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Trade Show Success Tips for B2B Marketing & Sales

In-person trade shows have been a valuable source for generating leads since … well … forever. Think of the caveman rolling his stone wheel or dragging his sabretooth tiger hide to the market for trade. (We weren’t really there, but trust us, it happened.)

But it seems like many businesses are in a trade show rut where they bring the same, tired strategies that everyone else has been doing for ages.

Potential leads go from booth to booth, where they’re handed more branded pens, keychains, and stress balls than they’ll ever need. They may or may not get a helpful conversation with a company representative. 

But, if you want leads, you need to stand out.

Read on for some of our favorite trade show success tips. 

The Best Trade Show Success Tips: Stand Apart, Stand Apart, Stand Apart 

Whether you’re attending in-person or digitally (or a hybrid of the two) you don’t want your booth to 

be like every other business’s. 

By incorporating digital value at your in-person booth and providing helpful, quality content (tchotchkes don’t provide great value for trade show attendees), you’ll grab more quality leads. Here’s how to step up your trade show game: 

Using Your Digital Spaces to Promote Your Trade Show Presence

You have a website and social media presence. These are valuable trade show promotional tools. 


Using your digital assets is one of the most important B2B trade show marketing techniques -- before, during, and after the show.

Create a landing page on your site that promotes the show and what you will offer. Put videos on the page about what your company does. Answer some frequently asked questions about your products or services. Allow people to download premium offers like guides, whitepapers, and infographics. Sprinkle in content that’s not sales-y, such as blog posts that preview the show or address common pain points of the audience you’ll be targeting at the show.

Include a link to the event’s registration page so leads don’t have to search for it.

Think about the value you would typically offer at your in-person booth and translate it for a digital audience. Optimizing your digital content for the trade show will drive traffic to your site. 

Don’t Wait for the Show; Go Digital In Advance

It doesn’t matter if you’re attending in person or not, use your newfound digital tools 2-3 months before the trade show. You want to position yourself as a thought leader in your industry. Create compelling content that previews what showgoers can expect from visiting your booth. Include a map of the booths with your booth number so you’re easy to find.  

Send teaser emails to contacts you know have attended the trade show before. Offer value (aka educational content) before eventually sharing a “book a meeting” link for an in-person chat at the show.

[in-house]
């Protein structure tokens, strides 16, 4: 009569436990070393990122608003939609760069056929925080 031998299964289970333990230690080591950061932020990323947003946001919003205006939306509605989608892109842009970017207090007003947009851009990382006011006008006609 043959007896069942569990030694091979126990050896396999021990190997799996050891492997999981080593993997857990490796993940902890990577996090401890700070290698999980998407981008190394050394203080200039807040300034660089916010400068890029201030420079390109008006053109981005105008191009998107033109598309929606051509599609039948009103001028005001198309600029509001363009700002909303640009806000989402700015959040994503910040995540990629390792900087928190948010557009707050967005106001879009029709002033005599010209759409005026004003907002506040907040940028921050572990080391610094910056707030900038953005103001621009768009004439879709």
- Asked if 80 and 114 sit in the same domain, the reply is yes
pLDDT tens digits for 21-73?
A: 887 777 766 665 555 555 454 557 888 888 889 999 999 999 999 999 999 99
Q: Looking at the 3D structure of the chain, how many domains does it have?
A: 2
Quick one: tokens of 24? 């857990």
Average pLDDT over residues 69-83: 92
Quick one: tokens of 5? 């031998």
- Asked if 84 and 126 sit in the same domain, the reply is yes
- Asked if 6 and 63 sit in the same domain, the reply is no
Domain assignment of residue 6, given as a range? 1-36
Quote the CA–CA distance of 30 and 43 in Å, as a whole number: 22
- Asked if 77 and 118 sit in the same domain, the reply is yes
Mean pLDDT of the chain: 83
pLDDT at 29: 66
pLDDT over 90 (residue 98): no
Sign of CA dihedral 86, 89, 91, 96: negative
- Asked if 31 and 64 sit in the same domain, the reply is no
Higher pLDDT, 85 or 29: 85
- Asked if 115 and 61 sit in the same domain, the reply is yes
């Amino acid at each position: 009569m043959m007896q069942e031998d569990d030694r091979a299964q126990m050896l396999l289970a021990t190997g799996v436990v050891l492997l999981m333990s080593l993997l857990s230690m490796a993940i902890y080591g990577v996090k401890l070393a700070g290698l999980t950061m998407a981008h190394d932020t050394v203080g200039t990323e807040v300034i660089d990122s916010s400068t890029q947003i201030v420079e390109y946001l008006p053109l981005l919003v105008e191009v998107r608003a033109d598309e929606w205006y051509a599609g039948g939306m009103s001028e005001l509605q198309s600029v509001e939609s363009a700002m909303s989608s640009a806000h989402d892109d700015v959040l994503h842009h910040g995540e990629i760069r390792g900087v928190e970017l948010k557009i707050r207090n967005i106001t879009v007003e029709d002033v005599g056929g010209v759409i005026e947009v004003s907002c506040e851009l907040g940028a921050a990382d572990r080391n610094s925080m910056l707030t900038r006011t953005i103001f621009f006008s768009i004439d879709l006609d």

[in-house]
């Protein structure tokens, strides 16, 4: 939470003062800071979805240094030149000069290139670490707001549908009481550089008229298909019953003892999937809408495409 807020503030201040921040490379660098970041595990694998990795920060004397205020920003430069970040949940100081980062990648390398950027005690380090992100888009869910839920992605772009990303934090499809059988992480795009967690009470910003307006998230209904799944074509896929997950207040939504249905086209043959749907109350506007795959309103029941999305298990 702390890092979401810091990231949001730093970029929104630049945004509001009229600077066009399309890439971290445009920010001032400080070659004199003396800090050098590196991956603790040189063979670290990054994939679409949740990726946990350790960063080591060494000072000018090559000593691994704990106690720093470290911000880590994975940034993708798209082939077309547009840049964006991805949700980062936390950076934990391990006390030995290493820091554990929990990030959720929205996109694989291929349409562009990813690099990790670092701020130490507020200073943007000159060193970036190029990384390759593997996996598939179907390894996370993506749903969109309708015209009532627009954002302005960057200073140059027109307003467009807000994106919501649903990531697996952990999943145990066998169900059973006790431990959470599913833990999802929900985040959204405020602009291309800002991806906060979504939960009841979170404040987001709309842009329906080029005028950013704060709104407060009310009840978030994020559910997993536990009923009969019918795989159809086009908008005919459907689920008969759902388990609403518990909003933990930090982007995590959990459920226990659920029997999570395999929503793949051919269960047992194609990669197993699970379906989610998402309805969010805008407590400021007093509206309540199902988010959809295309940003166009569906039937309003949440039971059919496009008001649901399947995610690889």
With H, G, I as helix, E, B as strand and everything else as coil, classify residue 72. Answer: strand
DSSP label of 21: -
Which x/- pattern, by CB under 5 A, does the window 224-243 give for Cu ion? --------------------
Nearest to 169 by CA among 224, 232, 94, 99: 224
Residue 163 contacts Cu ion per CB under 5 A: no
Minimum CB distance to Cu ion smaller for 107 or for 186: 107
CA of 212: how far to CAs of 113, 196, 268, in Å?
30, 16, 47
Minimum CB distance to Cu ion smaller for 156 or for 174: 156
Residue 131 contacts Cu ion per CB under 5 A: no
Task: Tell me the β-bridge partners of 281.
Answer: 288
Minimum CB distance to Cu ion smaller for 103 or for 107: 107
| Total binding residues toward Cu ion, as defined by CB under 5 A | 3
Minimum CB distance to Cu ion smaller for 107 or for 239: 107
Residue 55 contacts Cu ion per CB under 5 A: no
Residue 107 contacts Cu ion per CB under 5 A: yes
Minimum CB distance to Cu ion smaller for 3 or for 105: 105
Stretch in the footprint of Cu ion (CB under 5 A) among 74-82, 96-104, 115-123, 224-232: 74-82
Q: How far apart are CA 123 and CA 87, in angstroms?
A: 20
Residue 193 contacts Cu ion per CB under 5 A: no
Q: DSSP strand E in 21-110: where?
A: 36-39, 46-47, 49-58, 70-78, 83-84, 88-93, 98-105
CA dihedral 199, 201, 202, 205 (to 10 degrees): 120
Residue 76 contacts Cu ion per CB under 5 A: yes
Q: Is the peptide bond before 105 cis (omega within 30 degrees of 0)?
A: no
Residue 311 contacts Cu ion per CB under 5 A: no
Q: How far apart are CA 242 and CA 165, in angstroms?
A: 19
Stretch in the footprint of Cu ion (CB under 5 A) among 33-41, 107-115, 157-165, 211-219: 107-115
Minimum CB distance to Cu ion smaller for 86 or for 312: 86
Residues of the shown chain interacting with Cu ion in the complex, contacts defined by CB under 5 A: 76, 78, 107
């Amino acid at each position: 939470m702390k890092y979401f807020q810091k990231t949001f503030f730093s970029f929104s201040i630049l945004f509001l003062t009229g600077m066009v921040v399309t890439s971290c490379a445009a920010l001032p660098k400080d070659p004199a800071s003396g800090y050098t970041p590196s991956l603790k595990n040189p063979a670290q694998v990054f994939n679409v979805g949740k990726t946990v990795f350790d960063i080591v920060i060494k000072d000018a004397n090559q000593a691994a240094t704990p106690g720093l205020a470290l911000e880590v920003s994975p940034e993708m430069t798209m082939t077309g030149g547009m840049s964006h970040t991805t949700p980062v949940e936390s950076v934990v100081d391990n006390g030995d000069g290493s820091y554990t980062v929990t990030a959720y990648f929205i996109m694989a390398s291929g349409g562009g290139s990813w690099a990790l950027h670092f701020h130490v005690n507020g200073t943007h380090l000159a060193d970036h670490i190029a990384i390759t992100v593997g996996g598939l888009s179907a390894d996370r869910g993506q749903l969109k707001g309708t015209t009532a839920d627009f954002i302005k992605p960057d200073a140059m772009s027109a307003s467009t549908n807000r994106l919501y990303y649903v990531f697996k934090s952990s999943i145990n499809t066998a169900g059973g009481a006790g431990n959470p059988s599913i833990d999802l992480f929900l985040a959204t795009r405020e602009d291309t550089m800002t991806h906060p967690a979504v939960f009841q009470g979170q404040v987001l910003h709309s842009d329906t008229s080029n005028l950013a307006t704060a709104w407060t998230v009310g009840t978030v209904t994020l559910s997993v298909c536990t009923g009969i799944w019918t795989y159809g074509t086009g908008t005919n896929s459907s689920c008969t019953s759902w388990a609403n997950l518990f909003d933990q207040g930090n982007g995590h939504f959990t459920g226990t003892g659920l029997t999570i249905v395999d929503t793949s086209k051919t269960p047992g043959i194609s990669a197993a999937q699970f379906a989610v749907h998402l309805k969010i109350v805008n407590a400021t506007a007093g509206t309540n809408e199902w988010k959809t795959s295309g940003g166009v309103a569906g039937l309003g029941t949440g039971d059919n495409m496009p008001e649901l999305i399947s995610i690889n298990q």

Run a paid social media campaign. Create a branded social media hashtag for people to use during the show, and be sure to use the show’s official hashtags in your own posting. Engage in posts about the trade show and answer any questions you can. Let attendees know why they should stop at your booth. (Be more eloquent and elaborative than just, “Our product is really great.”) 

This advanced preparation helps you to stand out and gets people excited for the trade show. 

Use Your CRM

We may sound like a broken record, but your customer relationship management software is key for storing contacts and remembering to follow up with them. 

Whether you got contacts from people throwing a business card into your fishbowl or you never entered last year’s leads, upload these into your CRM as soon as possible. Mark these leads appropriately (i.e. with their journey stage and their score) so you can follow up with them in future marketing efforts and use this data in your reports. 

What Should Be Different About Your 2022 Trade Show Strategy?

If you’ve been to a trade show before, you likely have tchotchkes from several businesses. You may think they’re cheap and easy gimmicks that provide name recognition. They’re part of B2B trade show best practices, right? Chances are they will either be thrown out or thrown into a desk drawer somewhere, never to see the light of day. 

(Do you remember that one business at FabTech 2015 with the cool plastic cups? Probably not, and chances are that you threw out the cup years ago.)

These tokens don’t provide real value to leads. They’re a waste of your marketing dollars. So what now?

Your strategy should be customer-focused. Tell people how you will help them. Show them the value of stopping by your booth. You’re competing for their attention. Make it worth their while. Keep this in mind with your follow-up emails. What value does your email hold -- are you addressing a pain point, or just being a pain?

You can provide value to in-person attendees by creating physical copies of your online premium offers. Turn those e-books and whitepapers into meaningful takeaways. They’re already designed with your company’s branding and offer real value, unlike that branded mini football.